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Night Summary


Here you will find a Night summary (Elie Wiesel's book).
We begin with a summary of the entire book, and then you can read each individual chapter's summary by visiting the links on the "Chapters" section.

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Last Updated: Monday 1 Jan, 2024

Night Summary Overview

The story is conveyed through the eyes of a Jewish adolescent who initially resides in Sighet, a town in Hungarian Transylvania, immersing himself in the study of the Torah and Jewish mysticism. His teacher, Moishe the Beadle, is deported and returns months later with a gruesome account of the German secret police's brutal extermination of his transport, a tale dismissed as the ramblings of a madman. The narrative takes a dark turn in the spring of 1944 when the Nazis seize Hungary; the protagonist and other Jewish town-folk are subjected to a series of oppressive regulations, forcing them into cramped ghettos before being crammed into cattle cars for a journey to Auschwitz. Upon reaching Birkenau, the entrance to Auschwitz, the protagonist and his father are separated from the rest of their family, whom they never see again. The new prisoners undergo "selections," determining who will be killed immediately or sent to laborious tasks. The protagonist and his father narrowly survive the selection, but stumble upon the horrifying sight of babies being incinerated by Nazis. The prisoners endure horrendous cruelty, being stripped, shaved, disinfected, and subsequently marched to Auschwitz's main camp. Eventually, they are sent to Buna, a work camp, where the protagonist is forced into labor. In the face of relentless humiliation, brutal conditions, and constant threat of death, the prisoners find solace in each other, religious practice, and the hope of a Jewish state in Palestine. After several months at Buna, the protagonist undergoes surgery for a foot injury. However, with advancing Russian forces threatening to liberate Buna, the Nazis decide to evacuate. The prisoners are forced into a death march through a blizzard, running over fifty miles to the Gleiwitz concentration camp. Many succumb to the harsh weather and exhaustion. From Gleiwitz, they are once again loaded onto cattle cars for a deadly voyage to Buchenwald. Of the hundred Jewish prisoners that start the journey, only twelve survive. The protagonist and his father manage to survive through mutual support, but his father eventually dies of dysentery and physical abuse in Buchenwald. The protagonist is left a mere shell of his former self until the liberation of the camp by the American army on April 11, 1945.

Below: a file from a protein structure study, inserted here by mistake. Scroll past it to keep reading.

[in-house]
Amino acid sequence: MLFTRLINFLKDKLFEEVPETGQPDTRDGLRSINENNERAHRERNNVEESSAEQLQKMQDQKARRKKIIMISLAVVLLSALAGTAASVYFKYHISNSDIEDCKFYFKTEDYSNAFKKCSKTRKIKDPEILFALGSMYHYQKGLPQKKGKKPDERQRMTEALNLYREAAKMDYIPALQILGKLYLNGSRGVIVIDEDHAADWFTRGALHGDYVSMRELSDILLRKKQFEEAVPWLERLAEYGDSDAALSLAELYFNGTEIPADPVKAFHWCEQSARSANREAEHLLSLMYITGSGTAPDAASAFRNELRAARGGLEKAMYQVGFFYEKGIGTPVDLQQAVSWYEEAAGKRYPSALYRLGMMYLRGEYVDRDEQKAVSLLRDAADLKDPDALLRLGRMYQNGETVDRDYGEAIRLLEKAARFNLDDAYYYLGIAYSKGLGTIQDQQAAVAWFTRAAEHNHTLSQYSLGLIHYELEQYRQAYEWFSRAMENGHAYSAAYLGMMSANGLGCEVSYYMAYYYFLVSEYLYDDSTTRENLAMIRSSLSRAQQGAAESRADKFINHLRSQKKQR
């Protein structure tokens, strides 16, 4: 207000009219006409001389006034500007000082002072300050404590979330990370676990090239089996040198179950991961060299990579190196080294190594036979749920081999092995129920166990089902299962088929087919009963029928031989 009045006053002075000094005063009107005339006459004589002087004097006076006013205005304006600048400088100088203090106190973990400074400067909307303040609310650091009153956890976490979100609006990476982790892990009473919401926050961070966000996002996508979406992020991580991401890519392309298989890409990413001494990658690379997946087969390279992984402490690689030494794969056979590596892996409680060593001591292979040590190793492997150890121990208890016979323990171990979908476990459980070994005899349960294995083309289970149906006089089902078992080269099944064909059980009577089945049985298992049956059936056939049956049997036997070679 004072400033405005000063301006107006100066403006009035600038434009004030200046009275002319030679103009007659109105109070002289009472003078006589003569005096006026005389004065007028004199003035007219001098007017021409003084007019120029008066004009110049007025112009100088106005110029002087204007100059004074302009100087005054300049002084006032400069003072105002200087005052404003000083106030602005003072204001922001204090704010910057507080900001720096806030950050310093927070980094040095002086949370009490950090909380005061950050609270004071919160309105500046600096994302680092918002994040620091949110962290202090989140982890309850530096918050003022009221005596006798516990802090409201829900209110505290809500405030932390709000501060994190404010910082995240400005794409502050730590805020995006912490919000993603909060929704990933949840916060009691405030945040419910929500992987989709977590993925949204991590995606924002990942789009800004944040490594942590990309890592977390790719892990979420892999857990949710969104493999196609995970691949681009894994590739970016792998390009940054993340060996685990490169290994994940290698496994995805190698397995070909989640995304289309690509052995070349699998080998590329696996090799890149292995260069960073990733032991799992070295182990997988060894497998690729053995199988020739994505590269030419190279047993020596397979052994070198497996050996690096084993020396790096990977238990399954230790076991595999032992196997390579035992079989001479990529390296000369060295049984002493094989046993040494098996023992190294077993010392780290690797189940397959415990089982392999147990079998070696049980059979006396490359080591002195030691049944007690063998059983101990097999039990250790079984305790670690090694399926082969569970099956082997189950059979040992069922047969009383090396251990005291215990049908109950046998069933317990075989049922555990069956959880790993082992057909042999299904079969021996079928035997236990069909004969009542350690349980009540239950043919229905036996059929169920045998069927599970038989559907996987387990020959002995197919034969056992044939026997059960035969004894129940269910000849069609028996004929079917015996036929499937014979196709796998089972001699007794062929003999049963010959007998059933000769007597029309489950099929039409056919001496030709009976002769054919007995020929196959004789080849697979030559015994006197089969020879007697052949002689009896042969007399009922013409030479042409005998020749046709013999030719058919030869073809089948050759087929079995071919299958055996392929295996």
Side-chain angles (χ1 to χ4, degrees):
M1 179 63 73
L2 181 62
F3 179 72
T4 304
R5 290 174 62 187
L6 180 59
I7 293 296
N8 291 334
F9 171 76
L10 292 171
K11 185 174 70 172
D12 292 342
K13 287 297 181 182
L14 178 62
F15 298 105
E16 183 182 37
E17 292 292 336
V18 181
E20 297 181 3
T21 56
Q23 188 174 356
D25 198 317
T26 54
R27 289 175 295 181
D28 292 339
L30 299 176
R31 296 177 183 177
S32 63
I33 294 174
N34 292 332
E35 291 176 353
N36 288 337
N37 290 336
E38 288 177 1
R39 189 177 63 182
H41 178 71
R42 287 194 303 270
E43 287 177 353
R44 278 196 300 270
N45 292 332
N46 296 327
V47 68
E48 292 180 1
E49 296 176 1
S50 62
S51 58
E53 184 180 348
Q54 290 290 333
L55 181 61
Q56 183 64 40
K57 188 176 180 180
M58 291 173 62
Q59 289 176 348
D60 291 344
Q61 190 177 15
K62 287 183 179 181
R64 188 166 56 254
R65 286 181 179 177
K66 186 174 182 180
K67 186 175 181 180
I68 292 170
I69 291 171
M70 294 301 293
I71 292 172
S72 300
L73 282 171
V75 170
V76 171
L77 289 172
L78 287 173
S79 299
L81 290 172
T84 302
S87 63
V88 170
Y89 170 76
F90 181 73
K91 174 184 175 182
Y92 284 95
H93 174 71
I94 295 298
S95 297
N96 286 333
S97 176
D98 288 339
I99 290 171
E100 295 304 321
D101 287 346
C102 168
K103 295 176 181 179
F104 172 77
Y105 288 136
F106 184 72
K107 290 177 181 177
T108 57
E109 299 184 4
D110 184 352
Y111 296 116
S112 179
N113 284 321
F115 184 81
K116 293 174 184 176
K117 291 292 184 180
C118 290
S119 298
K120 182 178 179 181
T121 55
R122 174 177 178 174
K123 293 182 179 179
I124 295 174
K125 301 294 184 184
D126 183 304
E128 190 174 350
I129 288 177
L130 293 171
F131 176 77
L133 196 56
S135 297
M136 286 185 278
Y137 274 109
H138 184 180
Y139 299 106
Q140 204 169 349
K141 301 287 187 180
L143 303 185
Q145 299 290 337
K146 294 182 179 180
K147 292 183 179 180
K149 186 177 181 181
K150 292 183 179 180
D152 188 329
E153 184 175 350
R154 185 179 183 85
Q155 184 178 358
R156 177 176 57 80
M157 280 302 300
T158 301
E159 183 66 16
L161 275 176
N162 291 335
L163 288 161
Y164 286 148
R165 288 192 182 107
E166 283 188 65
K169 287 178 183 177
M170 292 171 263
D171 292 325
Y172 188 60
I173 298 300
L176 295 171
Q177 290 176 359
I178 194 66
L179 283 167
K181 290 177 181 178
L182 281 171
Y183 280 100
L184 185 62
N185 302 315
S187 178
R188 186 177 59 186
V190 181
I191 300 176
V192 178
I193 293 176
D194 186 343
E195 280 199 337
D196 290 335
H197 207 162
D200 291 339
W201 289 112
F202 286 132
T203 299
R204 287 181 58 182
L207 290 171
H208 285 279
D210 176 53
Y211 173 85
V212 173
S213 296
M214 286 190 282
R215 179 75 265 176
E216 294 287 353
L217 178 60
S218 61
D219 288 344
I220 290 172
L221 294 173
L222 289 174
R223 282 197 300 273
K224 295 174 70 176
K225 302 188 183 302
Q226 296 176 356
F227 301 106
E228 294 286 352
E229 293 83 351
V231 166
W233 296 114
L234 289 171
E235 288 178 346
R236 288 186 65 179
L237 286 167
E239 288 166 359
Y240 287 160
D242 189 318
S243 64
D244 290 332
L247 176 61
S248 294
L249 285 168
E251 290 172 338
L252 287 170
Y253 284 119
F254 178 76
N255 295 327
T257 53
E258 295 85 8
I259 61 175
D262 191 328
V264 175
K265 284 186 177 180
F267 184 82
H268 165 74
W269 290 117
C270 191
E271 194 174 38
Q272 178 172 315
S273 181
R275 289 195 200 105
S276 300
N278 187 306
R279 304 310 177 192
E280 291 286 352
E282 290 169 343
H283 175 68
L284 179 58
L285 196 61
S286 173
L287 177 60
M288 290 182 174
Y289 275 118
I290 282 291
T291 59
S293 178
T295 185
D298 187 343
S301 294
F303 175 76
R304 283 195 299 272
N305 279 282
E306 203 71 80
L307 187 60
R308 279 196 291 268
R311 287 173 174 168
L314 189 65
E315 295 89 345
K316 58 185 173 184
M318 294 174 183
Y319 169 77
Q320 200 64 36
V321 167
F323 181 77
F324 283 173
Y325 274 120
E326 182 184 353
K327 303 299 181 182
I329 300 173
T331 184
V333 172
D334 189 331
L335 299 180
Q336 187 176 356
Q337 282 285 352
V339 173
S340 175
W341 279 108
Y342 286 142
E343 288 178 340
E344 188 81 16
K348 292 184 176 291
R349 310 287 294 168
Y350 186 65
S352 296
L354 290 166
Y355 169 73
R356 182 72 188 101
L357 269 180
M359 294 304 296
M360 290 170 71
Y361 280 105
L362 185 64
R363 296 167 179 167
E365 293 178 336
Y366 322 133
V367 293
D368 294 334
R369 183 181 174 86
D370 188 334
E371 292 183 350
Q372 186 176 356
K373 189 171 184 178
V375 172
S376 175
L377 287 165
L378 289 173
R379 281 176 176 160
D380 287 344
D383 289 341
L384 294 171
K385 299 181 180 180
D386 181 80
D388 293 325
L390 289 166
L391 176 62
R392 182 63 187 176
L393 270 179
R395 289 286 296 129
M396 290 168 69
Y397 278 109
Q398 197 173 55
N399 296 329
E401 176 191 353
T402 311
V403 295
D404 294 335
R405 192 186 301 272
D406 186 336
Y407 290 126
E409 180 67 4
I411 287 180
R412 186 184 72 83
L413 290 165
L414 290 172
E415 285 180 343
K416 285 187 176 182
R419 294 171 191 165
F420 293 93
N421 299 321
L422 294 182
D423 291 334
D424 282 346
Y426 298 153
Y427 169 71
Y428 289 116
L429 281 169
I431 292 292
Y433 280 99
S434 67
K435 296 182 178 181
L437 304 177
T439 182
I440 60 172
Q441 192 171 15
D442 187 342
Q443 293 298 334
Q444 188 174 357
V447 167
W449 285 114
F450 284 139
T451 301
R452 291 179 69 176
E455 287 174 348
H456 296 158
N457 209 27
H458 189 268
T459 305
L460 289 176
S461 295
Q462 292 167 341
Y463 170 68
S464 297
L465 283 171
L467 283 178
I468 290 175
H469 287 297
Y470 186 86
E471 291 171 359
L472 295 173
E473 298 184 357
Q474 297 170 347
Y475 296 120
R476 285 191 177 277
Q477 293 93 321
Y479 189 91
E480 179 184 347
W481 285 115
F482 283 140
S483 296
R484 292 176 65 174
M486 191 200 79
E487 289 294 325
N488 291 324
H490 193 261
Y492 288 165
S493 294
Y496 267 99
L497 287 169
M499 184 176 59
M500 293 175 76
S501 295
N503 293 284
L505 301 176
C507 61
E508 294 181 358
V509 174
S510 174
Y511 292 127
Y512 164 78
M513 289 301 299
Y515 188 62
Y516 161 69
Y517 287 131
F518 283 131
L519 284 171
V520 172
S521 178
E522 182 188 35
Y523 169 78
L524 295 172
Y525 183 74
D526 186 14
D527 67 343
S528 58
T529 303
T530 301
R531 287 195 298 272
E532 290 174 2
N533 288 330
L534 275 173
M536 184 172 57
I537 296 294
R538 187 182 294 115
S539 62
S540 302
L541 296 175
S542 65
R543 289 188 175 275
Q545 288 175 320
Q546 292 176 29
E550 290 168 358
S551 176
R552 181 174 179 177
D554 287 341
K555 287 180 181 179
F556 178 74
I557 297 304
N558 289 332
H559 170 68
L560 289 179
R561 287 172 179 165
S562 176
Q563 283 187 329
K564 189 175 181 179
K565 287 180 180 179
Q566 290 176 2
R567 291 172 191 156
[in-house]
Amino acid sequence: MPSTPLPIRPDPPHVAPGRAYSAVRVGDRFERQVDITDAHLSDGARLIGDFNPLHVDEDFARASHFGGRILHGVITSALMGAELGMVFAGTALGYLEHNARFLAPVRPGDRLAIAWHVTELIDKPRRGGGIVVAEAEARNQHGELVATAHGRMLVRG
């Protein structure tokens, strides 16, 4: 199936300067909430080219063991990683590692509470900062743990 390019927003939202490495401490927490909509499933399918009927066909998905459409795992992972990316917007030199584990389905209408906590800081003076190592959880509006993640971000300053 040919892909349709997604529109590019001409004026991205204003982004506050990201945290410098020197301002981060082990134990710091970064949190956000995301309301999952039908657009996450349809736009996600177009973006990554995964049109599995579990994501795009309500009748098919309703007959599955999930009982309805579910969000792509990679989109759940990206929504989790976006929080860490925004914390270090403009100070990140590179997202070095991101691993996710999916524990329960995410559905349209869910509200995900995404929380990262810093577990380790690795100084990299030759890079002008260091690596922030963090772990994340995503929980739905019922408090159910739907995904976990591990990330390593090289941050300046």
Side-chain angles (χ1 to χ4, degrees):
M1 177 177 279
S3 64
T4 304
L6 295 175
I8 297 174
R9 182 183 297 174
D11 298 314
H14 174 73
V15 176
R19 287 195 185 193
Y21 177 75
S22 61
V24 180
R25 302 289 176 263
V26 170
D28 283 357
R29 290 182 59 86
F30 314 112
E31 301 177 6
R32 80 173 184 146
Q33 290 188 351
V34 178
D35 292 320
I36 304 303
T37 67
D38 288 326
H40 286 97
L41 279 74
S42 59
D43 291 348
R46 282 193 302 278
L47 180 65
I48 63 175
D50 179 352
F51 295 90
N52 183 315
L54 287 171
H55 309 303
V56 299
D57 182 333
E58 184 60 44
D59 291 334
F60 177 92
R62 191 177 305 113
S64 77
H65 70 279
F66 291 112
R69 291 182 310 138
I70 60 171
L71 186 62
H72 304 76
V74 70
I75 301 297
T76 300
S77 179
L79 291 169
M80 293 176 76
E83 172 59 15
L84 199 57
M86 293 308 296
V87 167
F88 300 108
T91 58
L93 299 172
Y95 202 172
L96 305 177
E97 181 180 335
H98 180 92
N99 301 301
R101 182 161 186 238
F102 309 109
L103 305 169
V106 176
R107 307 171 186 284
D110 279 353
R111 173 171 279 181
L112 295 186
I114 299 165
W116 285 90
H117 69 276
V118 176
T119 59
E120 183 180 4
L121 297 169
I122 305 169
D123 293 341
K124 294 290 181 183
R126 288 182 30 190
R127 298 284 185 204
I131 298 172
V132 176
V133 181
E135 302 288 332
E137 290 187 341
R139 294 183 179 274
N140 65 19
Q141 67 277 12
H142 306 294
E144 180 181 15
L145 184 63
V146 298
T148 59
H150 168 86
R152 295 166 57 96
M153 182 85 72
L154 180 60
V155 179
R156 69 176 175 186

François Mauriac shares his experience of interviewing Elie Wiesel, a journalist from Tel Aviv. Initially anxious, Mauriac is put at ease by the personal nature of their conversation which revolves around the Nazi invasion of France during the Second World War. Mauriac is deeply haunted by the stories his wife related to him about witnessing Jewish children being loaded onto trains for deportation at the Austerlitz station in Paris. This image destroys his belief in the advancement of Western civilization. He views the French Revolution as a broken promise, first shattered by World War I and then further devastated by the Holocaust. Mauriac is taken aback when Wiesel discloses that he was among the children on those trains. Mauriac delves into the power of Wiesel's book, Night. He likens it to Anne Frank's memoir, an intimate account of the atrocities of World War II. Mauriac believes that Wiesel's personal story gives a human face to the Holocaust, making it a unique and unforgettable testimony. He insists the book deserves recognition for its distinct perspective on life under Nazi rule. Mauriac takes special interest in the spiritual aspect of Wiesel’s narrative. He's deeply moved by the narrator’s battle with faith amidst his suffering. Mauriac quotes the famous line from Night, “Never shall I forget that night,” expressing how deeply he was affected by the protagonist’s crisis of faith, an unsettling legacy of the Holocaust. Although Mauriac, a devout Christian, wanted to console Wiesel by explaining his belief in enduring faith and eternal mercy, he found himself overpowered by Wiesel's spiritual struggle. Overwhelmed and speechless, he simply embraced Wiesel, weeping.

chapter 1

In 1941, twelve-year-old Eliezer lives in the Transylvanian town of Sighet, which was recently annexed by Hungary. Being part of an Orthodox Jewish family, Eliezer grows up under strict Jewish laws, as he is the only son of shopkeeping parents. He has three sisters: Hilda, Béa, and Tzipora. Eliezer is deeply involved in studying the Talmud and the Kabbalah - Jewish religious texts. His interest in the Kabbalah, though unusual for a teenager, is boosted by his mentor, Moishe the Beadle. However, Moishe is deported when the Hungarians expel all foreign Jews. The locals momentarily express outrage but soon forget. Months later, Moishe returns, narrating horrifying tales of the Gestapo forcing Jews to dig their graves before killing them. But the townsfolk dismiss him as a madman. When the Fascists take control of the Hungarian government in spring 1944, German troops swiftly occupy Hungary. The anti-Semitic measures escalate - Jewish leaders get arrested, Jewish property is seized, and Jews are made to wear yellow stars. They are then crammed into small ghettos. The systematic deportation of Jews begins, and Eliezer's family is among the final groups to leave Sighet. Their gentile ex-housemaid, Martha, proposes a plan to hide them in her village, but they refuse tragically. The remaining Jews, including Eliezer's family, are soon forced onto cattle cars bound for Auschwitz by the Nazis and their accomplices, the Hungarian police.

chapter 2